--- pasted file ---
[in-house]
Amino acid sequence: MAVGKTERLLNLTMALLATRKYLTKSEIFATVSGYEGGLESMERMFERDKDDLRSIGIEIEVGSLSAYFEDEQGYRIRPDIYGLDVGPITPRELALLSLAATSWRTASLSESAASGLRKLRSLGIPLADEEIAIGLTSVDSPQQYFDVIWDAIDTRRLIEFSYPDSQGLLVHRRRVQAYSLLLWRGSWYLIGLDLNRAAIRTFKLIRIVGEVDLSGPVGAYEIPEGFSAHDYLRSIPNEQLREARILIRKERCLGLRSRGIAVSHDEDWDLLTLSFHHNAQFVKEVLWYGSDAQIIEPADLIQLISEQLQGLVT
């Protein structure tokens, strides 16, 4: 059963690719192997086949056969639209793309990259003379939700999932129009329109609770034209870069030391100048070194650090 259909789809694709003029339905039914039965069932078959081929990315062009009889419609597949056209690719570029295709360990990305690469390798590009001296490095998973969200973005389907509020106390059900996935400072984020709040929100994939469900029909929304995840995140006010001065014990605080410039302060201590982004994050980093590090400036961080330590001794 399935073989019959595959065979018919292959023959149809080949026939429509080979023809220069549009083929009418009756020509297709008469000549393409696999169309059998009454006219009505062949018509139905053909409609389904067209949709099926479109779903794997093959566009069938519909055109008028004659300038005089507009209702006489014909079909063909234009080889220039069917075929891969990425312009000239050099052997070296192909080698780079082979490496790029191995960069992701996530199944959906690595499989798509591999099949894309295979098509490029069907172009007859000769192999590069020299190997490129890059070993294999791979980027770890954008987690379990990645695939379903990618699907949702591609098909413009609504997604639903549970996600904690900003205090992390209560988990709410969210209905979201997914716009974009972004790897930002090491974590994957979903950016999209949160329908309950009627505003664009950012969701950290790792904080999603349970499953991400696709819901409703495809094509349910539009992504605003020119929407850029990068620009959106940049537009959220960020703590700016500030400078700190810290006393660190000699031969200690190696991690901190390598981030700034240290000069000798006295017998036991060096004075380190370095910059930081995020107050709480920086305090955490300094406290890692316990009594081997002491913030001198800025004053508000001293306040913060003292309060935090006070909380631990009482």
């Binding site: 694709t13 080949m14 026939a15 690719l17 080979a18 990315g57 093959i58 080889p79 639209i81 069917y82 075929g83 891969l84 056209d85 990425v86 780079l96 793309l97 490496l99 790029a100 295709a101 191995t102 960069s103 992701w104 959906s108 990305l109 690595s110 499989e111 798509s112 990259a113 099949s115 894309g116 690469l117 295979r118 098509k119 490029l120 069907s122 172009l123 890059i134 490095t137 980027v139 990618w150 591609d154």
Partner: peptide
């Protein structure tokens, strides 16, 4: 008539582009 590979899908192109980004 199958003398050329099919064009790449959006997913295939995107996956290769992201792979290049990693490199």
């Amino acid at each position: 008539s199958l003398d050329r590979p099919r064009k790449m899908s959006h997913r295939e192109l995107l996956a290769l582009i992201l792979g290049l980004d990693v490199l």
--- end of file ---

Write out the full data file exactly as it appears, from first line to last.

[in-house]
Amino acid sequence: MAVGKTERLLNLTMALLATRKYLTKSEIFATVSGYEGGLESMERMFERDKDDLRSIGIEIEVGSLSAYFEDEQGYRIRPDIYGLDVGPITPRELALLSLAATSWRTASLSESAASGLRKLRSLGIPLADEEIAIGLTSVDSPQQYFDVIWDAIDTRRLIEFSYPDSQGLLVHRRRVQAYSLLLWRGSWYLIGLDLNRAAIRTFKLIRIVGEVDLSGPVGAYEIPEGFSAHDYLRSIPNEQLREARILIRKERCLGLRSRGIAVSHDEDWDLLTLSFHHNAQFVKEVLWYGSDAQIIEPADLIQLISEQLQGLVT
């Protein structure tokens, strides 16, 4: 059963690719192997086949056969639209793309990259003379939700999932129009329109609770034209870069030391100048070194650090 259909789809694709003029339905039914039965069932078959081929990315062009009889419609597949056209690719570029295709360990990305690469390798590009001296490095998973969200973005389907509020106390059900996935400072984020709040929100994939469900029909929304995840995140006010001065014990605080410039302060201590982004994050980093590090400036961080330590001794 399935073989019959595959065979018919292959023959149809080949026939429509080979023809220069549009083929009418009756020509297709008469000549393409696999169309059998009454006219009505062949018509139905053909409609389904067209949709099926479109779903794997093959566009069938519909055109008028004659300038005089507009209702006489014909079909063909234009080889220039069917075929891969990425312009000239050099052997070296192909080698780079082979490496790029191995960069992701996530199944959906690595499989798509591999099949894309295979098509490029069907172009007859000769192999590069020299190997490129890059070993294999791979980027770890954008987690379990990645695939379903990618699907949702591609098909413009609504997604639903549970996600904690900003205090992390209560988990709410969210209905979201997914716009974009972004790897930002090491974590994957979903950016999209949160329908309950009627505003664009950012969701950290790792904080999603349970499953991400696709819901409703495809094509349910539009992504605003020119929407850029990068620009959106940049537009959220960020703590700016500030400078700190810290006393660190000699031969200690190696991690901190390598981030700034240290000069000798006295017998036991060096004075380190370095910059930081995020107050709480920086305090955490300094406290890692316990009594081997002491913030001198800025004053508000001293306040913060003292309060935090006070909380631990009482």
């Binding site: 694709t13 080949m14 026939a15 690719l17 080979a18 990315g57 093959i58 080889p79 639209i81 069917y82 075929g83 891969l84 056209d85 990425v86 780079l96 793309l97 490496l99 790029a100 295709a101 191995t102 960069s103 992701w104 959906s108 990305l109 690595s110 499989e111 798509s112 990259a113 099949s115 894309g116 690469l117 295979r118 098509k119 490029l120 069907s122 172009l123 890059i134 490095t137 980027v139 990618w150 591609d154």
Partner: peptide
């Protein structure tokens, strides 16, 4: 008539582009 590979899908192109980004 199958003398050329099919064009790449959006997913295939995107996956290769992201792979290049990693490199």
């Amino acid at each position: 008539s199958l003398d050329r590979p099919r064009k790449m899908s959006h997913r295939e192109l995107l996956a290769l582009i992201l792979g290049l980004d990693v490199l």